BULGARIAN PRESIDENT ADDRESSES COUNCIL OF
EUROPE PARLIAMENTARY ASSEMBLY. Addressing the
Parliamentary Assembly of the Council of Europe in
Strasbourg yesterday, Petar Stoyanov said Bulgaria has made
an "irrevocable choice" in favor of reforms and democracy and
put an end to the previous "tactics of imitation of reforms."
Stoyanov said that in the past few months, a "new social
contract" has emerged between the people and the
government. He pledged to be the "guarantor of the human
rights of all Bulgarian citizens" and to fight "any forms of racial
intolerance, xenophobia, and anti-Semitism." Stoyanov also
told the assembly that "democracy cannot be established once
and for all" and needs to be "mastered and rediscovered by
every generation."

INTERNATIONAL FORCE SHUNS CONTACT WITH
ALBANIAN REBELS. Gen. Luciano Forlani, the commander of
the Italian-led multinational troops, said in Tirana yesterday
that the 6,000-strong force is expected to be entirely in place
within 10 days. Forlani added that the troops have secured
Tirana airport and the key ports of Durres and Vlora. He also
said his forces will not have contacts with the rebel
committees that control much of southern Albania. President
Sali Berisha wants the committees dissolved as a precondition
for elections and strongly objects to foreigners or the Albanian
government treating those bodies as legitimate negotiating
partners. The rebels say that anyone who ignores the
committees is, in effect, supporting Berisha. Meanwhile, Leka
Zogu, the claimant to the throne, visits Vlora today. It is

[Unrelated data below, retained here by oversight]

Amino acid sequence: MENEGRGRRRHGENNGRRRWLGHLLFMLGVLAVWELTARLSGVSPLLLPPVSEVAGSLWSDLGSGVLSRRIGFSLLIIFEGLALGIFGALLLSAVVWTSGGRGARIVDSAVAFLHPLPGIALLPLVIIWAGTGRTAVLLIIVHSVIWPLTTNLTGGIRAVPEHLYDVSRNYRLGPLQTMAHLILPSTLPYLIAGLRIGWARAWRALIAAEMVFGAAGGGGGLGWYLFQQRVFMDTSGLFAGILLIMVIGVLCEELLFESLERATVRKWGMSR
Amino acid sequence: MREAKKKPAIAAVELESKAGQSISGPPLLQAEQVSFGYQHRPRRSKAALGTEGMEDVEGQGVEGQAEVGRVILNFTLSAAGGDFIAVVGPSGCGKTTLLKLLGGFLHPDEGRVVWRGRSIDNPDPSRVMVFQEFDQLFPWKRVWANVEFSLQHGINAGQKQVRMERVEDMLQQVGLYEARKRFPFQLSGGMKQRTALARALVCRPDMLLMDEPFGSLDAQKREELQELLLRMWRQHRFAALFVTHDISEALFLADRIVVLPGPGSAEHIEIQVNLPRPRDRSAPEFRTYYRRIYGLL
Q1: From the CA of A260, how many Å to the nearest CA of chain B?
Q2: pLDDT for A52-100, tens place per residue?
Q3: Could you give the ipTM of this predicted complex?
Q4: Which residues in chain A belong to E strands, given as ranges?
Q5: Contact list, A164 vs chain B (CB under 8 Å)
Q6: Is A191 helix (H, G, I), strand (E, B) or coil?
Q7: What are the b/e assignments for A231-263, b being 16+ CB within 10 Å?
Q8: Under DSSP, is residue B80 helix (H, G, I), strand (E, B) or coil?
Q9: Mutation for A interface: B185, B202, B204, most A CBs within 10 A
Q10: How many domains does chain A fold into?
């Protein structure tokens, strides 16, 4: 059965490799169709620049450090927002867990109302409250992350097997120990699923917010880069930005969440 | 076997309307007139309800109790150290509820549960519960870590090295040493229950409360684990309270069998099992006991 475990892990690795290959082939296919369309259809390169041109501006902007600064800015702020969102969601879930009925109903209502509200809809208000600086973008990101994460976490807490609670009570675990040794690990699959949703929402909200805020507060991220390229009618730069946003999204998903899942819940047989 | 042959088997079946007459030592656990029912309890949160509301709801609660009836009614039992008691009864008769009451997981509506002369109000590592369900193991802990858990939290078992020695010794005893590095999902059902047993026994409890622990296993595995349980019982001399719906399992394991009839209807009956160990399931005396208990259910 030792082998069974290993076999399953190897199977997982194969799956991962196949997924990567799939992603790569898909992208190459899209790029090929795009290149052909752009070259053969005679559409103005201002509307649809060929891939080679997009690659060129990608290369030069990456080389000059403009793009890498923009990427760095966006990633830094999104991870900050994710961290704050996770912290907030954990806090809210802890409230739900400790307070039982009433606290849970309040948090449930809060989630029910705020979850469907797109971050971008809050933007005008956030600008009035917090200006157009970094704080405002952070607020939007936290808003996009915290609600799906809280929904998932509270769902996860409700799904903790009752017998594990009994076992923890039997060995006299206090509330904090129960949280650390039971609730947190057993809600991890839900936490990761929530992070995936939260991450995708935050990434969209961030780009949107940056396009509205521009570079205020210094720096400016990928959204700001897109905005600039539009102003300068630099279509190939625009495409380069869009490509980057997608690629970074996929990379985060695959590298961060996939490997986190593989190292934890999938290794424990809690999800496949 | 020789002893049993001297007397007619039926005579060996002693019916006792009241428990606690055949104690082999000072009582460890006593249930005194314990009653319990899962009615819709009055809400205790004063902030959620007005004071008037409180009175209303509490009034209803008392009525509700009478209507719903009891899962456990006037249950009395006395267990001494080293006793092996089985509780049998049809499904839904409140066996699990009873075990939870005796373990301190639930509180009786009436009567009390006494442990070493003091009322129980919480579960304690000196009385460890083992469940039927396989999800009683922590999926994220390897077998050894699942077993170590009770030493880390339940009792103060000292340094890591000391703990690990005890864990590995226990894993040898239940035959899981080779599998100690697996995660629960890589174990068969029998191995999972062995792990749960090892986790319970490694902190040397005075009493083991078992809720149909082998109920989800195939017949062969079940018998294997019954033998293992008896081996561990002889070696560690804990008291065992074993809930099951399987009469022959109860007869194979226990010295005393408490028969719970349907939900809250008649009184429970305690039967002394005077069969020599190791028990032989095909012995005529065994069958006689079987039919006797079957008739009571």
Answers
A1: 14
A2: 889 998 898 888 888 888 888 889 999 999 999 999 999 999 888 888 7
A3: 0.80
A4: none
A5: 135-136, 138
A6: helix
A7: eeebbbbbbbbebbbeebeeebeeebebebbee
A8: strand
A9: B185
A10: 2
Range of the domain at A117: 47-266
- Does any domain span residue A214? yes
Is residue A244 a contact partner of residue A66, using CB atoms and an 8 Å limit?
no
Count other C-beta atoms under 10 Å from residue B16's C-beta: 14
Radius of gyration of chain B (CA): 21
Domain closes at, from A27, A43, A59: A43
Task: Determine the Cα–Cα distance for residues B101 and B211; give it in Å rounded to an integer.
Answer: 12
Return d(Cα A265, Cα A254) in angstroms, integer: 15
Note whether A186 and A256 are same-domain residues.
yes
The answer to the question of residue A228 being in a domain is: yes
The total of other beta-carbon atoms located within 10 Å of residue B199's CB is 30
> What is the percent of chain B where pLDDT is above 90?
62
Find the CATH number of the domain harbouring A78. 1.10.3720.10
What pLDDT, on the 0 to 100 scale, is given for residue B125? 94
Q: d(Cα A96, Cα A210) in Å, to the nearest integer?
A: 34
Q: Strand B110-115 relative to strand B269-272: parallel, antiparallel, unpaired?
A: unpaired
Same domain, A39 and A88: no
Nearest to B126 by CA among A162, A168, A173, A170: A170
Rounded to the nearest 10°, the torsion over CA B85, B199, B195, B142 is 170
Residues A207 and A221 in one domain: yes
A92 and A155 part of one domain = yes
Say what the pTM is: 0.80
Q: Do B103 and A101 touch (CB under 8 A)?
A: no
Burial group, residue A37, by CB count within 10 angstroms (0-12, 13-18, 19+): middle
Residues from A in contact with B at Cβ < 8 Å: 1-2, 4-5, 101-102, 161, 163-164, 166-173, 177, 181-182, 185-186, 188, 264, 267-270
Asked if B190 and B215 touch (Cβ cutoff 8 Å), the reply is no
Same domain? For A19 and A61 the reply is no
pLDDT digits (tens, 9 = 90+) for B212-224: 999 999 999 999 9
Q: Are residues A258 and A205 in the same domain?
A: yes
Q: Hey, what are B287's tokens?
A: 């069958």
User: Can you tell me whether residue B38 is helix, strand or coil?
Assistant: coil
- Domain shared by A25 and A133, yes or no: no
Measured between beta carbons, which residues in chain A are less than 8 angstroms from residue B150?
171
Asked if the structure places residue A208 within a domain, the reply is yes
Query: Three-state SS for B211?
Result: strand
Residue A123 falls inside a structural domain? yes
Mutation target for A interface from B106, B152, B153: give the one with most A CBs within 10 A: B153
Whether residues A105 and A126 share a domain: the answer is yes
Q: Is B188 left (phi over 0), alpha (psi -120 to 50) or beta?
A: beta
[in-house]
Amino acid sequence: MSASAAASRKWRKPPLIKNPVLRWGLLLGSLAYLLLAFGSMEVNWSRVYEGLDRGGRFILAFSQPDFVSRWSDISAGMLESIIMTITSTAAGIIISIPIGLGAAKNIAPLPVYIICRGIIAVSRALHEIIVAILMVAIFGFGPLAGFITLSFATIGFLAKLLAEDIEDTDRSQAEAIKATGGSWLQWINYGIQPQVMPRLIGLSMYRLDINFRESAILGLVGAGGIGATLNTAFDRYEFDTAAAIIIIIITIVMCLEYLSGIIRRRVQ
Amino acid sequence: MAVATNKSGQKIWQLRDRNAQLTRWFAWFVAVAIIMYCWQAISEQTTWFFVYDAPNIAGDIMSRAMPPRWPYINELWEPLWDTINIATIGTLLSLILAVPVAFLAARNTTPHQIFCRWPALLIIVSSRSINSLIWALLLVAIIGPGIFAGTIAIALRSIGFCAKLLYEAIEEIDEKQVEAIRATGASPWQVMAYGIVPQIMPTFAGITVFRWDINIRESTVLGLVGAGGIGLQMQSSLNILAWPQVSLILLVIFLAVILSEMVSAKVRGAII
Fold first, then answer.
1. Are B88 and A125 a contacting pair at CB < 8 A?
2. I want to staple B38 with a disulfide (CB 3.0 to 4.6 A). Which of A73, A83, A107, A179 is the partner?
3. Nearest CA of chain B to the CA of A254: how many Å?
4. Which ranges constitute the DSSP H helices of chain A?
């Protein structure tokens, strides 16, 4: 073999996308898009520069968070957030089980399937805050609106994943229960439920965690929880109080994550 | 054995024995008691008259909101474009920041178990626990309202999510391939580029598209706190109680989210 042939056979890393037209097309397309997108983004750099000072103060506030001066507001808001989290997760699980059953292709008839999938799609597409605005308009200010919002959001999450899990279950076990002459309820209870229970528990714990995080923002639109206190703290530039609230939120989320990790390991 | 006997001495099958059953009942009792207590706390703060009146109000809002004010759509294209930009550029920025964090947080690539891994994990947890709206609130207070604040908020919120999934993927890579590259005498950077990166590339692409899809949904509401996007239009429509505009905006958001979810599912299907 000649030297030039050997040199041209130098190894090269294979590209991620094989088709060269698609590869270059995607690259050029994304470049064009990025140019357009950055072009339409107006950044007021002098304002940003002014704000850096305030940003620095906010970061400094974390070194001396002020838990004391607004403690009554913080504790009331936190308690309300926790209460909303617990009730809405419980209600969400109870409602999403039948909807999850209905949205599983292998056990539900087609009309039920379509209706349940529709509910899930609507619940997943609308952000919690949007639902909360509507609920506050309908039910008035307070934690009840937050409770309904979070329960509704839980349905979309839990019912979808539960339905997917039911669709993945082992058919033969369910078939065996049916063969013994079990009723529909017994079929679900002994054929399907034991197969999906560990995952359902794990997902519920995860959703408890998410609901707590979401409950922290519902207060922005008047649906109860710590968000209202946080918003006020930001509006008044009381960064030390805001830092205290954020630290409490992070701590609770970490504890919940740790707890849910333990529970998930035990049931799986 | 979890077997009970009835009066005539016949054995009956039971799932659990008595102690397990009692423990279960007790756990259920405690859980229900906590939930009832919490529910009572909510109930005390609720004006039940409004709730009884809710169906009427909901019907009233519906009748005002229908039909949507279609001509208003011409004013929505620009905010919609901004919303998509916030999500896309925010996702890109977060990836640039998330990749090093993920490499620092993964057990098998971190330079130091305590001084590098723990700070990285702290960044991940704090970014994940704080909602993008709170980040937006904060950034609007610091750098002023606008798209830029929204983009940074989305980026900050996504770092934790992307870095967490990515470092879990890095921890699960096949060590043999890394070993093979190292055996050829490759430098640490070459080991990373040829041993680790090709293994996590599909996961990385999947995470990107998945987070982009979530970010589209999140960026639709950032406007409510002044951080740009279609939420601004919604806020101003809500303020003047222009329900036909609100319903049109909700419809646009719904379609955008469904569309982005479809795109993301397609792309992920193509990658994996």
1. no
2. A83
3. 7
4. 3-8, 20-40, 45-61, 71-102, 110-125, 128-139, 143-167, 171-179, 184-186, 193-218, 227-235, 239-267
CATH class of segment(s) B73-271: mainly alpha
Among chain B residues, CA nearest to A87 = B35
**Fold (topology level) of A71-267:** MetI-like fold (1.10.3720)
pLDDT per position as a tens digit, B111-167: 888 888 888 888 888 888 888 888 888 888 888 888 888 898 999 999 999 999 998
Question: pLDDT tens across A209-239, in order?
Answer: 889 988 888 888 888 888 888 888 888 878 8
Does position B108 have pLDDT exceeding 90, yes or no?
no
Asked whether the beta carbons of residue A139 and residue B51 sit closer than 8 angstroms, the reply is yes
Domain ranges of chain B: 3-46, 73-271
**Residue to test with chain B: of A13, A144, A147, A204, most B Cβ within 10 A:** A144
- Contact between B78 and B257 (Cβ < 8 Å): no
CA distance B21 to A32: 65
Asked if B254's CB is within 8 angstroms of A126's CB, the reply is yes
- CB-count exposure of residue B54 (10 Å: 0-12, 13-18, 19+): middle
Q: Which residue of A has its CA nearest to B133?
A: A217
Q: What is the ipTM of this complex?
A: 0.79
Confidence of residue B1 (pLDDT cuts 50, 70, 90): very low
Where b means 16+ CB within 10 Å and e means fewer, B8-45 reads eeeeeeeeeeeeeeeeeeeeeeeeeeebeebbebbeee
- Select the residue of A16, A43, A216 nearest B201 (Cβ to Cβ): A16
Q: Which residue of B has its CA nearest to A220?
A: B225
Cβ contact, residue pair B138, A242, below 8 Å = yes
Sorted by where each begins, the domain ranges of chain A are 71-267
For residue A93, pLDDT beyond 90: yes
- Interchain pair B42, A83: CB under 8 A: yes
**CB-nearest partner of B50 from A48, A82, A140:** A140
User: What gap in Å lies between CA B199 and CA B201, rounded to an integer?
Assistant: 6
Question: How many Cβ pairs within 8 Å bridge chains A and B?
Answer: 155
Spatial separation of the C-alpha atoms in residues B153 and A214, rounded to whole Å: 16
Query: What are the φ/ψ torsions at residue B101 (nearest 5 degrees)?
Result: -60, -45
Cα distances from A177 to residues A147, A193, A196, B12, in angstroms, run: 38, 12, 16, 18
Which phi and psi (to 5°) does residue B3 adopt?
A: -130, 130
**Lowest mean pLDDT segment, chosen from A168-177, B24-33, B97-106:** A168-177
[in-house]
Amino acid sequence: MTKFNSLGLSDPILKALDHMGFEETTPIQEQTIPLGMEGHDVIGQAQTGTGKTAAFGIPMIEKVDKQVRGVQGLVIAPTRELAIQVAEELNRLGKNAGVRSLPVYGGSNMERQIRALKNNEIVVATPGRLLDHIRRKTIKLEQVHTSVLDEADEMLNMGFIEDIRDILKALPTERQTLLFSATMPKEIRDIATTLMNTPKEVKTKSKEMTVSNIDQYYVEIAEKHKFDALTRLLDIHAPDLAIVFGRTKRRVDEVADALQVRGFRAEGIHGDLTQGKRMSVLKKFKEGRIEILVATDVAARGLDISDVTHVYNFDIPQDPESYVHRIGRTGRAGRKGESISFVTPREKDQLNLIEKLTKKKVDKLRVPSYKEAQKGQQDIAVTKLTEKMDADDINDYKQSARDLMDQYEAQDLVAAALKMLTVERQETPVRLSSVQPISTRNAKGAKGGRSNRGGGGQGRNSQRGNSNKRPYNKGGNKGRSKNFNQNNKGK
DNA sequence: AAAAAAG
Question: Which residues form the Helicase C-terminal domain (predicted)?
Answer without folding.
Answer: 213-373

unclear whether he will have direct talks with the rebel
committees.

CROATIA TRIES YUGOSLAV GENERAL FOR WAR CRIMES.
The Zadar county court on 22 April resumed the trial in
absentia of federal Yugoslav army commander Gen. Momcilo
Perisic and 18 other officers on charges of war crimes in the
Zadar area during fall 1991, when at least 30 civilians died
and 120 cultural monuments were destroyed. At the time,
Perisic was in command of an artillery unit in the historical
coastal town. The prosecution says he personally directed the
attack and explicitly ordered the shelling of civilian targets, an
RFE/RL correspondent reported from Zadar.

CROATIAN ELECTION UPDATE. Election officials said in
Zagreb yesterday that President Franjo Tudjman's Croatian
Democratic Community (HDZ) received the largest number of
votes of any single party or coalition in the race for the city
council. The HDZ edged out an opposition coalition for first
place by just half a percentage point. The HDZ will have 24
seats, the opposition coalition 23, and the Croatian Peasants'
Party three. Meanwhile, the Constitutional Court ruled that
the election for the Pakrac council, in western Slavonia, will
have to be repeated within two weeks. The Independent
Democratic Serbian Party asked for another vote because the
names of its council candidates did not appear on the original
ballot, Nasa Borba reported today.

UN'S OGATA CALLS FOR SOLUTION TO BOSNIAN
REFUGEE PROBLEM. Sadako Ogata, the UN high